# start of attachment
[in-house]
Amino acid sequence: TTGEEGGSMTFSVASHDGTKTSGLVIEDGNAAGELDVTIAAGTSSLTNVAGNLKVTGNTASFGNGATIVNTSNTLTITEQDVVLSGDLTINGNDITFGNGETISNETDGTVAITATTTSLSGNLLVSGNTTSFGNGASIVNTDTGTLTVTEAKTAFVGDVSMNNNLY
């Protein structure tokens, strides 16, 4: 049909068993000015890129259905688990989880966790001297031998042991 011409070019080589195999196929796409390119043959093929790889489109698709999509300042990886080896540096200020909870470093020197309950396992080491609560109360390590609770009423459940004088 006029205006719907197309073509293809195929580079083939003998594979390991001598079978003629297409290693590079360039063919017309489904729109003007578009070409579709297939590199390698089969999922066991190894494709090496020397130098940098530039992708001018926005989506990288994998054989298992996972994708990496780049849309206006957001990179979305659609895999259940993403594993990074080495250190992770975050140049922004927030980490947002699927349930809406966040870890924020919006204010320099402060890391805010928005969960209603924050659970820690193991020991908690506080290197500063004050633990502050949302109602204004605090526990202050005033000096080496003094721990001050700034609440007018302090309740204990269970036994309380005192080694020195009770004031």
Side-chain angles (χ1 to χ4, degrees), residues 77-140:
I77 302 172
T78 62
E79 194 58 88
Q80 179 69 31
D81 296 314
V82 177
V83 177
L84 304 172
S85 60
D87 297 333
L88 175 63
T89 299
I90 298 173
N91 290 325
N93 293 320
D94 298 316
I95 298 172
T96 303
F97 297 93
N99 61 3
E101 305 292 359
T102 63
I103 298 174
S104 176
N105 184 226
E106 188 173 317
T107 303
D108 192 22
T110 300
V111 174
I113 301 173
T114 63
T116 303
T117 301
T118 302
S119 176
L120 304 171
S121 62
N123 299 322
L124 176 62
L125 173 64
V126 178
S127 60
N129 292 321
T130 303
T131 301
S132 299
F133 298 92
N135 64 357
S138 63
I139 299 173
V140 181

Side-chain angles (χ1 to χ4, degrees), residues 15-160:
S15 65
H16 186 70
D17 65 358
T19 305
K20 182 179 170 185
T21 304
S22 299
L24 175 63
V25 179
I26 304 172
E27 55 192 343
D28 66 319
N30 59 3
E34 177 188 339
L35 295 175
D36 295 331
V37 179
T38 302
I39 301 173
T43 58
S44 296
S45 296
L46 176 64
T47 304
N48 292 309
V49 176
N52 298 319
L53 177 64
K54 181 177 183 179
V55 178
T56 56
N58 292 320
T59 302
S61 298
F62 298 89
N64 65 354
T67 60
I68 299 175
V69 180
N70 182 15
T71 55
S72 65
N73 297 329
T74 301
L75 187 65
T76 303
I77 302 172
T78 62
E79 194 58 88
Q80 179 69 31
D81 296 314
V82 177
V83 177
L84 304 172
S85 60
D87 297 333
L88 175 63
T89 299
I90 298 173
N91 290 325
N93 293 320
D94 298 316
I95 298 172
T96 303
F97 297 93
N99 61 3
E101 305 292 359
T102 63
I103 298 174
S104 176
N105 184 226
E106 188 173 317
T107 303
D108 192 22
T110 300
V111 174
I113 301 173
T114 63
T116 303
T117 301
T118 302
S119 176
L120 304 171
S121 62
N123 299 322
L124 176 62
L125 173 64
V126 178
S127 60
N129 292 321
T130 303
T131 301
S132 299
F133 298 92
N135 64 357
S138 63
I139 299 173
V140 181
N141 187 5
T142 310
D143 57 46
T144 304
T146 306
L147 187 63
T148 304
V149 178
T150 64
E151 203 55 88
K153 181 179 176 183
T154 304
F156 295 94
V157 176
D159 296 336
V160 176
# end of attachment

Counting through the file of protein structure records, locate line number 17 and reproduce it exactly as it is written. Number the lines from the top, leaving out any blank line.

I90 298 173